B cell receptor signaling pathway

The Function of B Cell

B cells, also known as B lymphocytes, are pluripotent stem cells derived from bone marrow. It is an important part of adaptive immunity. When mature B cells are stimulated by antigen, they can differentiate into plasma cells, synthesize antibodies, and exert humoral immunity. In addition, B cells can also be used as antigen-presenting cells to capture antigen and present it to T lymphocytes.

B Cell Antigen Receptor

The B cell antigen receptor (BCR) is a complex composed of mIg (mlgM and mlgD) and Igα/Igβ. The former recognizes the antigen and the latter transduces the antigenic stimulation signal received by the BCR. BCR directly recognizes intact, natural protein antigens, polysaccharides or lipid antigens. The cellular processes mediated by B cell antigen receptors mainly include cell proliferation and apoptosis. Its abnormality can cause a lack of humoral immune response or autoimmunity.

The Process and Significance of B Cell Receptor Signaling Pathway

B cell receptor (BCR) signaling pathway is an important signaling pathway for B cell survival. B cell receptor (BCR) on the surface of B cells can recognize foreign antigen signals and mediate a series of complex biological effects, including activation, proliferation and differentiation of B cells.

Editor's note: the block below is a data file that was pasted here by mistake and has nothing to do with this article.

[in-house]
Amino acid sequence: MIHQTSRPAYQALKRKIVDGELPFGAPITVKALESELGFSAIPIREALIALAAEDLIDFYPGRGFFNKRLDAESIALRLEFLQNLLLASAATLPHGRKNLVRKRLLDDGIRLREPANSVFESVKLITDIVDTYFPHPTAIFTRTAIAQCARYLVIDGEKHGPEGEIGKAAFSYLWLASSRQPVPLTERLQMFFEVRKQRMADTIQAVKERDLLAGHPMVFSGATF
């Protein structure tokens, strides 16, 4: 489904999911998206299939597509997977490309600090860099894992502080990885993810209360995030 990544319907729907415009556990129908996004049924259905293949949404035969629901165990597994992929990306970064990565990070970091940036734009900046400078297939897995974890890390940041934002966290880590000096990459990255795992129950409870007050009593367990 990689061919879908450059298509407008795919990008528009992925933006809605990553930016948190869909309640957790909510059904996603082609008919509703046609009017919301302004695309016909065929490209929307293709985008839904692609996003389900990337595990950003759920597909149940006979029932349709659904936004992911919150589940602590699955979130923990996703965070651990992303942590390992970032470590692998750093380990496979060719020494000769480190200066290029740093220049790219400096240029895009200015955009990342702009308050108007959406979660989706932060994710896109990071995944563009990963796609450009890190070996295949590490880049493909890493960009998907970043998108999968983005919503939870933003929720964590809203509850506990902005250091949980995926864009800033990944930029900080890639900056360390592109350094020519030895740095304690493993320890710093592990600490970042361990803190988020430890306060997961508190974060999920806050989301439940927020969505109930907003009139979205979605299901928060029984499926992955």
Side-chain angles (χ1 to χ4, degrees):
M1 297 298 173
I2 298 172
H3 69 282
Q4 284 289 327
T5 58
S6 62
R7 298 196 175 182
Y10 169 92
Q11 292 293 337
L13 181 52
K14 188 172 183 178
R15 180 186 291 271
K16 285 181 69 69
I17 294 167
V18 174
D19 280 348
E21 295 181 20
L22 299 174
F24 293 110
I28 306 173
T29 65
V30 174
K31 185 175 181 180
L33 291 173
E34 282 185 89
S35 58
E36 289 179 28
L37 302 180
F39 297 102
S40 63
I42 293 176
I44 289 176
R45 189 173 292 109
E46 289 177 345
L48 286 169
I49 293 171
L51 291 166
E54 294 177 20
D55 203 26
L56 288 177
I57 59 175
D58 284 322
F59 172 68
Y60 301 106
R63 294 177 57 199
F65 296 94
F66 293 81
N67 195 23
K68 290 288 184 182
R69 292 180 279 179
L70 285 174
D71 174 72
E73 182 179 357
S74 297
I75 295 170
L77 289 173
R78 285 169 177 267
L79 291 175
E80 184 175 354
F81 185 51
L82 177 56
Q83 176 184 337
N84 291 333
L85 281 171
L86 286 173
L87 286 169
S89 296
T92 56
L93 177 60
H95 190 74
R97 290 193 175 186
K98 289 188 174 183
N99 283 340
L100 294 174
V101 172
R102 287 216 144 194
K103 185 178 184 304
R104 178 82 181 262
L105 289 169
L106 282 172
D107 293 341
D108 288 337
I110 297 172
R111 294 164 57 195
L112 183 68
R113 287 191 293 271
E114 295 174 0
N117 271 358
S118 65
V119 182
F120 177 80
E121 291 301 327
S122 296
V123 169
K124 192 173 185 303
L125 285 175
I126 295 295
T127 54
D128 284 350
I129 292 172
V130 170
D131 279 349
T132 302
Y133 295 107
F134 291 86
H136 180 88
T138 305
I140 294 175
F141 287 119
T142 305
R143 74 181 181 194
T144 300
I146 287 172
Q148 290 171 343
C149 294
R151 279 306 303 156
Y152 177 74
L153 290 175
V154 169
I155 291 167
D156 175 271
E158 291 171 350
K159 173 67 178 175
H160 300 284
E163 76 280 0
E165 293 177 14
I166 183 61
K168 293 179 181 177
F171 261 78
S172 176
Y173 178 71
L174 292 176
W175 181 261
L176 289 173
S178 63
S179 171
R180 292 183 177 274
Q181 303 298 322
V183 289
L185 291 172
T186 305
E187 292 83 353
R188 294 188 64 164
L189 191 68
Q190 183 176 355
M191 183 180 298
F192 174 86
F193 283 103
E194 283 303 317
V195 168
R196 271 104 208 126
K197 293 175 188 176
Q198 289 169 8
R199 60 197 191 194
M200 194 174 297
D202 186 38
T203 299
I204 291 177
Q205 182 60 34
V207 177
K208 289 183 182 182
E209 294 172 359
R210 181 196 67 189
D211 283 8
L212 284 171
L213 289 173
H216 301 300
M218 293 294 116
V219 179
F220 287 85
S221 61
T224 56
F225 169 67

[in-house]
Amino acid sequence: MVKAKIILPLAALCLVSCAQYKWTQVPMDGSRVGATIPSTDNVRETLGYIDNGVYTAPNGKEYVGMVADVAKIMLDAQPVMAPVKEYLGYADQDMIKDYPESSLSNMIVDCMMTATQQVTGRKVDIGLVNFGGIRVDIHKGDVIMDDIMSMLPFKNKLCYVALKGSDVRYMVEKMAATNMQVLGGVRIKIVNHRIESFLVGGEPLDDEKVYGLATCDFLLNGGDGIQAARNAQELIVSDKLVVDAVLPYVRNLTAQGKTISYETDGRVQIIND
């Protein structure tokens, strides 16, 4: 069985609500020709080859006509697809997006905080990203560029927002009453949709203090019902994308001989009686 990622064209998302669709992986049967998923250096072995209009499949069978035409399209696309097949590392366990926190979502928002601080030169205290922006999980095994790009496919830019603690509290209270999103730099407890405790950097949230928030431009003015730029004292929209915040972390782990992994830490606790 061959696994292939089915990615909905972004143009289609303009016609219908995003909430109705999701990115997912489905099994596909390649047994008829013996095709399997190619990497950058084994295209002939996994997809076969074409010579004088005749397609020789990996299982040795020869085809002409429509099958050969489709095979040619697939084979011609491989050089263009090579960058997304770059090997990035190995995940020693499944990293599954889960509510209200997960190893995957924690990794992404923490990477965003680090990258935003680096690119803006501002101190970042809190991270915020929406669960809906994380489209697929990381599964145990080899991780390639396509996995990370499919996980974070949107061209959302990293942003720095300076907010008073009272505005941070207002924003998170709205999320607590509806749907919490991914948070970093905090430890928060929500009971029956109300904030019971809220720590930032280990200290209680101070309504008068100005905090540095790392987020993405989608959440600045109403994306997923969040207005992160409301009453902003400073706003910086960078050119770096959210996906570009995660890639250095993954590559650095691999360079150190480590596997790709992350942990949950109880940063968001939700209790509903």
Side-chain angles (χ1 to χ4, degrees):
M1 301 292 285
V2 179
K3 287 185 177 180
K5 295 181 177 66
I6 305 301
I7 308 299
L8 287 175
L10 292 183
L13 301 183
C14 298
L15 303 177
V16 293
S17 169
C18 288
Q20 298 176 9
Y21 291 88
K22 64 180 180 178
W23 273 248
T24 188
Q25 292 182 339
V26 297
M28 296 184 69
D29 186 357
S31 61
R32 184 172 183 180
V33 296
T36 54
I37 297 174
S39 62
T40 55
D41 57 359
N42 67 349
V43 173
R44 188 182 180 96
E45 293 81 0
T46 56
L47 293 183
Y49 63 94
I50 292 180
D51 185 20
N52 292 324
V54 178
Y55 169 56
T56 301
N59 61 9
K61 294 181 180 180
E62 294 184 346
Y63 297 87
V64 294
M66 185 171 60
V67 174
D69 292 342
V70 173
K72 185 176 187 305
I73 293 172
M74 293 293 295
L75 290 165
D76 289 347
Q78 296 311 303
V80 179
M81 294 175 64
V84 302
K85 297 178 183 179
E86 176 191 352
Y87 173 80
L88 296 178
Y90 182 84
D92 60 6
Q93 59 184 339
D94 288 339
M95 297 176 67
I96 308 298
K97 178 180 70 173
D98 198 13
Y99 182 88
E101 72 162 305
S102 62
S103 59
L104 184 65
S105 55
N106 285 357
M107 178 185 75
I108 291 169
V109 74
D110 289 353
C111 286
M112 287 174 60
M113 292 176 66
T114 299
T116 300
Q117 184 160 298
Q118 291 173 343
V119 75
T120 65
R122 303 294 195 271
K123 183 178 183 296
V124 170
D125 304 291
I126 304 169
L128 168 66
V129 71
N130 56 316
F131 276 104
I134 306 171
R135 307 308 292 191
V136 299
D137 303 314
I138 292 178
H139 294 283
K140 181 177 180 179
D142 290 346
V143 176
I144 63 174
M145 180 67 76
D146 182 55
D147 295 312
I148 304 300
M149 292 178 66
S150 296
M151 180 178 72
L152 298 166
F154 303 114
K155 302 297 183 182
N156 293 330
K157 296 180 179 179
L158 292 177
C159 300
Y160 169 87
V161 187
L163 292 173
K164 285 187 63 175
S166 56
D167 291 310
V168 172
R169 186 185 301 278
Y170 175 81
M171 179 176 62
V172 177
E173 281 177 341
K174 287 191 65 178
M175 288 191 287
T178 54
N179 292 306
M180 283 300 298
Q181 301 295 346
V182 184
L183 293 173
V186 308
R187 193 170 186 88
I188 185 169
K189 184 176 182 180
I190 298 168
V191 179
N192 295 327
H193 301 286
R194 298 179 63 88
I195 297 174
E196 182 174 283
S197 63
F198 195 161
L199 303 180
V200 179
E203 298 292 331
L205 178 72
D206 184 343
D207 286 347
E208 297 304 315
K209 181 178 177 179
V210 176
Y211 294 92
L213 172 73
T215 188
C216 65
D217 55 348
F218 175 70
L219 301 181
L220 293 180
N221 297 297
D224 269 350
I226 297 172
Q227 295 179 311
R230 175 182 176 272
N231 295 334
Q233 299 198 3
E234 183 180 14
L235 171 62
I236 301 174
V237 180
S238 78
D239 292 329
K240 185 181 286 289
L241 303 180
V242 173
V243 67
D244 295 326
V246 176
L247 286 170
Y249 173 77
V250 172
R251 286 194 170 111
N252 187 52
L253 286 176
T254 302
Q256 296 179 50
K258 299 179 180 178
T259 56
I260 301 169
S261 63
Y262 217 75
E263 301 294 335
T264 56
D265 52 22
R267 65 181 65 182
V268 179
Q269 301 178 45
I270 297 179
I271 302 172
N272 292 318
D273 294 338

After BCR is linked to the antigen, three main protein tyrosine kinases (PTKs) -the SRC-family kinase LYN, SYK and the TEC-family kinase BTK are activated.

Overactivation of several key kinases in the BCR signaling pathway plays an important role in the occurrence, development and drug resistance of B-cell tumors. Downstream effectors of BCR signals (e.g. Phosphatidylinositol 3-kinase (PI3K) and phospholipase C-gamma 2 (PLC-gamma 2) results in the expression of immediate early genes that further activate the expression of other genes involved in B cell proliferation, differentiation and Ig production as well as other processes.

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